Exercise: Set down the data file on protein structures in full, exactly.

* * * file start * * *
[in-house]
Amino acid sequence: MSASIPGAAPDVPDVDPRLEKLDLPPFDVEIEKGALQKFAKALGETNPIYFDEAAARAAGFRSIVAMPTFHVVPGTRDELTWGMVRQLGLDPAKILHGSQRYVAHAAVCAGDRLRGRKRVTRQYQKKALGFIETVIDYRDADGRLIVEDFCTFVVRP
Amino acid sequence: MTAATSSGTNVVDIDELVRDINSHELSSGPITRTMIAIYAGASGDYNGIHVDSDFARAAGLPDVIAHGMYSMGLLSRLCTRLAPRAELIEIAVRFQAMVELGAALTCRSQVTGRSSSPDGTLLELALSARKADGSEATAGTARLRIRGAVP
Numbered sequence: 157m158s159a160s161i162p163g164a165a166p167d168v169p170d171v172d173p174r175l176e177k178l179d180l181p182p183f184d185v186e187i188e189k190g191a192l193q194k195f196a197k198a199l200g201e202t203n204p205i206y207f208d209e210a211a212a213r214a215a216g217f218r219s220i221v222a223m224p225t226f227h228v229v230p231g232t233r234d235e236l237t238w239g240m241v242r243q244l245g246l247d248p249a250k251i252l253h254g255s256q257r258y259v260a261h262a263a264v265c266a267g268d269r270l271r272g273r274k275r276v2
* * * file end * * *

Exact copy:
[in-house]
Amino acid sequence: MSASIPGAAPDVPDVDPRLEKLDLPPFDVEIEKGALQKFAKALGETNPIYFDEAAARAAGFRSIVAMPTFHVVPGTRDELTWGMVRQLGLDPAKILHGSQRYVAHAAVCAGDRLRGRKRVTRQYQKKALGFIETVIDYRDADGRLIVEDFCTFVVRP
Amino acid sequence: MTAATSSGTNVVDIDELVRDINSHELSSGPITRTMIAIYAGASGDYNGIHVDSDFARAAGLPDVIAHGMYSMGLLSRLCTRLAPRAELIEIAVRFQAMVELGAALTCRSQVTGRSSSPDGTLLELALSARKADGSEATAGTARLRIRGAVP
Numbered sequence: 157m158s159a160s161i162p163g164a165a166p167d168v169p170d171v172d173p174r175l176e177k178l179d180l181p182p183f184d185v186e187i188e189k190g191a192l193q194k195f196a197k198a199l200g201e202t203n204p205i206y207f208d209e210a211a212a213r214a215a216g217f218r219s220i221v222a223m224p225t226f227h228v229v230p231g232t233r234d235e236l237t238w239g240m241v242r243q244l245g246l247d248p249a250k251i252l253h254g255s256q257r258y259v260a261h262a263a264v265c266a267g268d269r270l271r272g273r274k275r276v2